Performing Arts and Culture Funds we always tried to spend money reasonably and reduce, reuse and recycle for sustainable productions.
At Otago University in Dunedin, New Zealand there has been an annual German play production since 1954. In 2009 we played "Peterchens Mondfahrt", a German fairy tale. All costumes have been made
by the participants and the umbrellas which are used for different costume and prop parts have been collected from the university campus after one of the characteristic local rain and storm days
which left the university ground with more than 35 broken umbrellas of all colors and sizes.
In colaboration with Dr. Heike Wedel, I recently published an article about a vision for multilingual drama teaching. For decades teachers have included theater methods in the language classroom. In Germany "bilingual classes" or Content and Language Integrated Classes are entering the curriculum. Students get to study a subject in a target language (usually English). At the same time the subject Drama is introduced in many schools. Still there is a long way to go before every child in Germany has the chance to learn to express themselves on and off stage. In our article we sum up the history and state of combining languages and drama teaching and elaborate the didactics of modern drama teaching, which goes far beyond the common misconception of acting out old plays. We create ideas for a concept for a bilingual approach to drama, which - in our opinion - holds a potential for multilingual lessons like no other subject and therefore could and should play an important role in our increasingly multicultural, multilingual society.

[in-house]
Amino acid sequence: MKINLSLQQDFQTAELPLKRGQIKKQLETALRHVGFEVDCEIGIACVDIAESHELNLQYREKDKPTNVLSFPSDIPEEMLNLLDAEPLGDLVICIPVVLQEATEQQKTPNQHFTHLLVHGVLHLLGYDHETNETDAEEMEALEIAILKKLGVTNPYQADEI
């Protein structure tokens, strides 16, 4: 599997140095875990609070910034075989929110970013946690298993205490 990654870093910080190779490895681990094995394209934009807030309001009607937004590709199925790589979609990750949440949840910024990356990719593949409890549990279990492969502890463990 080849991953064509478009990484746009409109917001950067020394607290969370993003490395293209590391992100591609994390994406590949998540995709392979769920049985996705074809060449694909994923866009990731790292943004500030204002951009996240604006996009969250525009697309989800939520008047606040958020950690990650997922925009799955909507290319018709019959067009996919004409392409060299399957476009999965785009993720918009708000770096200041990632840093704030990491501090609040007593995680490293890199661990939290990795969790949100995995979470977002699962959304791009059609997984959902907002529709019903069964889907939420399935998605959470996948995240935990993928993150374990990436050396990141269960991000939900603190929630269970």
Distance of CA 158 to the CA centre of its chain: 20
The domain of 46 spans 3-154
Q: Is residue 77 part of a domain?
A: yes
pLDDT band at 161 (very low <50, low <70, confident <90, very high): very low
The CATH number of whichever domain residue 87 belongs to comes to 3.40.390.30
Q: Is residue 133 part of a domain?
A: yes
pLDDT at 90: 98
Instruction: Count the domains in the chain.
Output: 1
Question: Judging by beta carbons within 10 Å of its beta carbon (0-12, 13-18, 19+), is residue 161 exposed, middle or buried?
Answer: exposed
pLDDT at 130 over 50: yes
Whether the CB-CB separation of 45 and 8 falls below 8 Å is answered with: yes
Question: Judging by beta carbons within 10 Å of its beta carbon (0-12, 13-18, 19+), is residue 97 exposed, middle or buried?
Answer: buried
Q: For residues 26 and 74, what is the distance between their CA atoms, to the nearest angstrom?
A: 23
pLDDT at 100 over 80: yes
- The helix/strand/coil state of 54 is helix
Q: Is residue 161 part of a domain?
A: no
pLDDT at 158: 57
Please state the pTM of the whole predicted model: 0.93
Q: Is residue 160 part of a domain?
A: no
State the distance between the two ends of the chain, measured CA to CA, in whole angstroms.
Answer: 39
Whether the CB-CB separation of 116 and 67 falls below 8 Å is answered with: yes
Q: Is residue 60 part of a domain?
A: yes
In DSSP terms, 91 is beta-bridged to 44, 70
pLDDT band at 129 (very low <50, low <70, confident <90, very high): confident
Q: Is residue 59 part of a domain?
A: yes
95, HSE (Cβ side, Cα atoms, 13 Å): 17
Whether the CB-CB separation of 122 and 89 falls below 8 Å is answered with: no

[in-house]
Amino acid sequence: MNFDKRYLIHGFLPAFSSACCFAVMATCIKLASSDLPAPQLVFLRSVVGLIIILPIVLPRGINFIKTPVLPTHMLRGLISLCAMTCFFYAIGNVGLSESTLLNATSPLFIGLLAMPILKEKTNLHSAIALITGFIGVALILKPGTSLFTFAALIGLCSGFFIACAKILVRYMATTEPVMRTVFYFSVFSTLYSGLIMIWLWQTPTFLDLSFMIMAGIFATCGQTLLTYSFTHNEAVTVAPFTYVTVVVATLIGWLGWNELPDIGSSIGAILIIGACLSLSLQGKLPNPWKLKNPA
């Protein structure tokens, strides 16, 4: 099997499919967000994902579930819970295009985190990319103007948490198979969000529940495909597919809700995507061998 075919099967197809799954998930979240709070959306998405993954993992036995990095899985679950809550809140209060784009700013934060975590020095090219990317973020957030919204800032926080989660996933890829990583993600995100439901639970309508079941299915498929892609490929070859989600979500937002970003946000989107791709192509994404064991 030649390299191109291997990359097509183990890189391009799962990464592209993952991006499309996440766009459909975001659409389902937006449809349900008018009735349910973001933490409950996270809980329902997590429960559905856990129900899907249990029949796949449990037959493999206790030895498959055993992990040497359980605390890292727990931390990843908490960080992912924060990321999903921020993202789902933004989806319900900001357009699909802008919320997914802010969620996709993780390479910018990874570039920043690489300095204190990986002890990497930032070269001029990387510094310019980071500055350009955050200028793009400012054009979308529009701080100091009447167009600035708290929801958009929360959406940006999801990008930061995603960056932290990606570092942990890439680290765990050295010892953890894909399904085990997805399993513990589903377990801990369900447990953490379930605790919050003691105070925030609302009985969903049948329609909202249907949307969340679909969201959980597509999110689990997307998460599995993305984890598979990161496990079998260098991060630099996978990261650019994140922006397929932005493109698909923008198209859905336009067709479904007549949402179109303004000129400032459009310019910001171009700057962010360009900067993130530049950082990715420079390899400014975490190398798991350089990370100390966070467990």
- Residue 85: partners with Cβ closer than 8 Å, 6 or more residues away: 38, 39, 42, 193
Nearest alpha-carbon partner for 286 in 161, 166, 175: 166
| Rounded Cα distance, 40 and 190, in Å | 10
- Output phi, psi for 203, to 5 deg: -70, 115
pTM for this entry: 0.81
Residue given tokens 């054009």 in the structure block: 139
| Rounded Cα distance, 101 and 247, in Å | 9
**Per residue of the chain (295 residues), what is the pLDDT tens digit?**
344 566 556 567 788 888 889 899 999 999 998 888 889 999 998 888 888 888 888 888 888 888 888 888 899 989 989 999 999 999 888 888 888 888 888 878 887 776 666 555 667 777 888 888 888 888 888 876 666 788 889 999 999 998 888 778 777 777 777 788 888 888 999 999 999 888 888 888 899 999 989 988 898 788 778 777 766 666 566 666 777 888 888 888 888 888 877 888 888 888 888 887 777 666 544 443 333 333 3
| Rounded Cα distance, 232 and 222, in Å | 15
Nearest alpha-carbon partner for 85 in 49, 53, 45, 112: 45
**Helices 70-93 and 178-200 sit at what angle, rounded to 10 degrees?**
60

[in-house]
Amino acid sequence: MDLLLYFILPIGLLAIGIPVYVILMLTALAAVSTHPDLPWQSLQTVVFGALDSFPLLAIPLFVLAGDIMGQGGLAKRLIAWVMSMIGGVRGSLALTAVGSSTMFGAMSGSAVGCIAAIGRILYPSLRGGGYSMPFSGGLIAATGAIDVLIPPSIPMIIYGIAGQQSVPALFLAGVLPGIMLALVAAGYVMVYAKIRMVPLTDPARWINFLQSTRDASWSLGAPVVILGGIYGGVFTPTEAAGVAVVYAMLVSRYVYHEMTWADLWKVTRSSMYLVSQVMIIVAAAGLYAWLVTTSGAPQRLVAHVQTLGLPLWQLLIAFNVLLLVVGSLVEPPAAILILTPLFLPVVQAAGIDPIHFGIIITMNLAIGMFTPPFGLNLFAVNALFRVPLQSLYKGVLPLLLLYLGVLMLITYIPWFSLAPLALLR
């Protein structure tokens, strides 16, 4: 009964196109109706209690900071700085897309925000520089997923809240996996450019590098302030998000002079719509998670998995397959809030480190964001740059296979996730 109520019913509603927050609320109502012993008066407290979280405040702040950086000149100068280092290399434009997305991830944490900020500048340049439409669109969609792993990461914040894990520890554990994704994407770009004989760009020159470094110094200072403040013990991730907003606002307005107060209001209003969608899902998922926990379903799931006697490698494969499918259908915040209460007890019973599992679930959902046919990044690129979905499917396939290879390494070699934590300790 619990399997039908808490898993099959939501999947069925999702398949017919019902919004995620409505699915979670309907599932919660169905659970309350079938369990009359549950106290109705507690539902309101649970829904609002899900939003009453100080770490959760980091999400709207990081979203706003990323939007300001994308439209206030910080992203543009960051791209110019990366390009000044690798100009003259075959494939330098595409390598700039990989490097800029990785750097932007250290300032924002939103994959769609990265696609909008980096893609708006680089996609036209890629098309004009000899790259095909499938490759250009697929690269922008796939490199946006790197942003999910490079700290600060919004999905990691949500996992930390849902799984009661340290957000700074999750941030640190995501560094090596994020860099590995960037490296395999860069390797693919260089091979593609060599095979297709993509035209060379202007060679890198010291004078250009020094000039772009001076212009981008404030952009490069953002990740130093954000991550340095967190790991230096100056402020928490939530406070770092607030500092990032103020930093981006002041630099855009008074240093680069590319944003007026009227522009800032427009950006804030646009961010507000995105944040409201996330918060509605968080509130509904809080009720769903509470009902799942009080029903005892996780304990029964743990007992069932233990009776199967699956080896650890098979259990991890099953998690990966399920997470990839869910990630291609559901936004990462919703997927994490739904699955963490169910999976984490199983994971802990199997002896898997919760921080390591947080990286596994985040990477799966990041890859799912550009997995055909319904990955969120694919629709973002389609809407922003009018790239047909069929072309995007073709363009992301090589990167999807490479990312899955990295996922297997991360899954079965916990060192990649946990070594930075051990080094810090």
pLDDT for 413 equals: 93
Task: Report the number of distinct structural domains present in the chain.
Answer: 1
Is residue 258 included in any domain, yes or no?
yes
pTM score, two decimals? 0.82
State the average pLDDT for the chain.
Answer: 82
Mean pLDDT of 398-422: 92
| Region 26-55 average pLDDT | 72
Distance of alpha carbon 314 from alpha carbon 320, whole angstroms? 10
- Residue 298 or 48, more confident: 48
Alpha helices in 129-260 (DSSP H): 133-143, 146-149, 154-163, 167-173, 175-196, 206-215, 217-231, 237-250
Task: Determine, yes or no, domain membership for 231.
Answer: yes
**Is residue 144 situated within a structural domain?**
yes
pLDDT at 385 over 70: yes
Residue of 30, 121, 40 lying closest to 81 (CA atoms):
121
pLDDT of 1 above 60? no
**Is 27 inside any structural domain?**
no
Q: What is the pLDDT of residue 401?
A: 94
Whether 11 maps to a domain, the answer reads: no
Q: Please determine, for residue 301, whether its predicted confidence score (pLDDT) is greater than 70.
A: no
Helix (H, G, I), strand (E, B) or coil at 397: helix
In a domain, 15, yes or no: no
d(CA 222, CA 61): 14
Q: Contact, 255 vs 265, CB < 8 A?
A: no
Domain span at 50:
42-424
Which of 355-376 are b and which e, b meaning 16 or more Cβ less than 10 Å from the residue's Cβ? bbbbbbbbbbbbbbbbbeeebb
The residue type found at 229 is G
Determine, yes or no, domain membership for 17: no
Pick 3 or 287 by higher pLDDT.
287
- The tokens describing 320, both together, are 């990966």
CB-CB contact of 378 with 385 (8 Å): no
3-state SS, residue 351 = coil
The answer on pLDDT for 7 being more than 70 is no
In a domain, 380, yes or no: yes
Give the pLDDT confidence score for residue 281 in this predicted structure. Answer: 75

This year, my students developed a project that reflects on heroism. It is a collage, loosely dealing with these questions: Who is a hero? Who thinks of themselves as a hero? Why do I have to be
a hero? Has everybody got the same chances to act in a heroic way? How is heroism connected to poverty, wealth, a good social standing? With post-dramatic methods the students, who have never
been in a drama course before, developed a collage with elements of theater choirs, dialogues, contrasting and supporting music and physical play. English subtitles are
Drama lessons involve physical learning as well as intellectual learning. They are holistic by nature. To be inspired students also need to see a lot of different theater productions. We visit theaters as often as possible and invite groups to our school, but we also use the great variety of available online materials to provide a pool of audiovisual options for our learners. Again, the abundance of the internet can easily discourage students or prevent them from seeing the particularly interesting scenes. That's why I prepared a drama platform with a cornucopia of video examples for them to chose from.